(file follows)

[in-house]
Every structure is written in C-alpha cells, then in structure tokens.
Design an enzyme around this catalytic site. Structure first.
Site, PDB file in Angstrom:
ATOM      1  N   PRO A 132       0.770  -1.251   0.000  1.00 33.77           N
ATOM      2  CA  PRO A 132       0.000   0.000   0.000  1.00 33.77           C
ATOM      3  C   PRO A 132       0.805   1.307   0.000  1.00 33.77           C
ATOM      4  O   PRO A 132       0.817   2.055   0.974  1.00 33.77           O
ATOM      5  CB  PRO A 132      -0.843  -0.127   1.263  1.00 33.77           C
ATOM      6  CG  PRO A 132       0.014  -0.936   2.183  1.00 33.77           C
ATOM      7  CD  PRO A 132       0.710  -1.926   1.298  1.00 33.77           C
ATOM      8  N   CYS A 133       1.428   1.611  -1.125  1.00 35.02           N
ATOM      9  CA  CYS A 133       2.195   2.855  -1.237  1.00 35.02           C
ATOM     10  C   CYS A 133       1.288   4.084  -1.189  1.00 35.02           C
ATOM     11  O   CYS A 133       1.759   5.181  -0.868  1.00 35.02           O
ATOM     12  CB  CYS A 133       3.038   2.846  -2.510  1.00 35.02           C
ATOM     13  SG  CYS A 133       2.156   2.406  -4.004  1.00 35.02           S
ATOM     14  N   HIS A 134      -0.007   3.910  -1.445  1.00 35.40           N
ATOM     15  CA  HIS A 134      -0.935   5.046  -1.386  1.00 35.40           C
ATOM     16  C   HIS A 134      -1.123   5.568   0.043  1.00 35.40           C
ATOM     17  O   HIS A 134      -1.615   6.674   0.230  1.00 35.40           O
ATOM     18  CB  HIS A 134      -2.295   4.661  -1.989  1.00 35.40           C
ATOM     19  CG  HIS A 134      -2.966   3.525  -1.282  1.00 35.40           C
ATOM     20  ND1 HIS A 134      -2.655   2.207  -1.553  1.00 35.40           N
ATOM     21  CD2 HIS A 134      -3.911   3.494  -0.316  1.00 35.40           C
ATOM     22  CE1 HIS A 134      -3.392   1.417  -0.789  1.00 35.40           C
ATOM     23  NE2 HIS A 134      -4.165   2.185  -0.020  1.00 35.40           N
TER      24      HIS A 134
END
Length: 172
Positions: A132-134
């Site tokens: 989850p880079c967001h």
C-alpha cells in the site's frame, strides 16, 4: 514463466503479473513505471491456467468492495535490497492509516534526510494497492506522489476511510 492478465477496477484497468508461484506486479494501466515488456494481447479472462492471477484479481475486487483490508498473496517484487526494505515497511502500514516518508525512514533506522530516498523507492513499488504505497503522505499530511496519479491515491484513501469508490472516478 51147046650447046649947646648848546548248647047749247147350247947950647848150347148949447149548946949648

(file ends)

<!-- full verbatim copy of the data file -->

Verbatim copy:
[in-house]
Every structure is written in C-alpha cells, then in structure tokens.
Design an enzyme around this catalytic site. Structure first.
Site, PDB file in Angstrom:
ATOM      1  N   PRO A 132       0.770  -1.251   0.000  1.00 33.77           N
ATOM      2  CA  PRO A 132       0.000   0.000   0.000  1.00 33.77           C
ATOM      3  C   PRO A 132       0.805   1.307   0.000  1.00 33.77           C
ATOM      4  O   PRO A 132       0.817   2.055   0.974  1.00 33.77           O
ATOM      5  CB  PRO A 132      -0.843  -0.127   1.263  1.00 33.77           C
ATOM      6  CG  PRO A 132       0.014  -0.936   2.183  1.00 33.77           C
ATOM      7  CD  PRO A 132       0.710  -1.926   1.298  1.00 33.77           C
ATOM      8  N   CYS A 133       1.428   1.611  -1.125  1.00 35.02           N
ATOM      9  CA  CYS A 133       2.195   2.855  -1.237  1.00 35.02           C
ATOM     10  C   CYS A 133       1.288   4.084  -1.189  1.00 35.02           C
ATOM     11  O   CYS A 133       1.759   5.181  -0.868  1.00 35.02           O
ATOM     12  CB  CYS A 133       3.038   2.846  -2.510  1.00 35.02           C
ATOM     13  SG  CYS A 133       2.156   2.406  -4.004  1.00 35.02           S
ATOM     14  N   HIS A 134      -0.007   3.910  -1.445  1.00 35.40           N
ATOM     15  CA  HIS A 134      -0.935   5.046  -1.386  1.00 35.40           C
ATOM     16  C   HIS A 134      -1.123   5.568   0.043  1.00 35.40           C
ATOM     17  O   HIS A 134      -1.615   6.674   0.230  1.00 35.40           O
ATOM     18  CB  HIS A 134      -2.295   4.661  -1.989  1.00 35.40           C
ATOM     19  CG  HIS A 134      -2.966   3.525  -1.282  1.00 35.40           C
ATOM     20  ND1 HIS A 134      -2.655   2.207  -1.553  1.00 35.40           N
ATOM     21  CD2 HIS A 134      -3.911   3.494  -0.316  1.00 35.40           C
ATOM     22  CE1 HIS A 134      -3.392   1.417  -0.789  1.00 35.40           C
ATOM     23  NE2 HIS A 134      -4.165   2.185  -0.020  1.00 35.40           N
TER      24      HIS A 134
END
Length: 172
Positions: A132-134
């Site tokens: 989850p880079c967001h």
C-alpha cells in the site's frame, strides 16, 4: 514463466503479473513505471491456467468492495535490497492509516534526510494497492506522489476511510 492478465477496477484497468508461484506486479494501466515488456494481447479472462492471477484479481475486487483490508498473496517484487526494505515497511502500514516518508525512514533506522530516498523507492513499488504505497503522505499530511496519479491515491484513501469508490472516478 51147046650447046649947646648848546548248647047749247147350247947950647848150347148949447149548946949648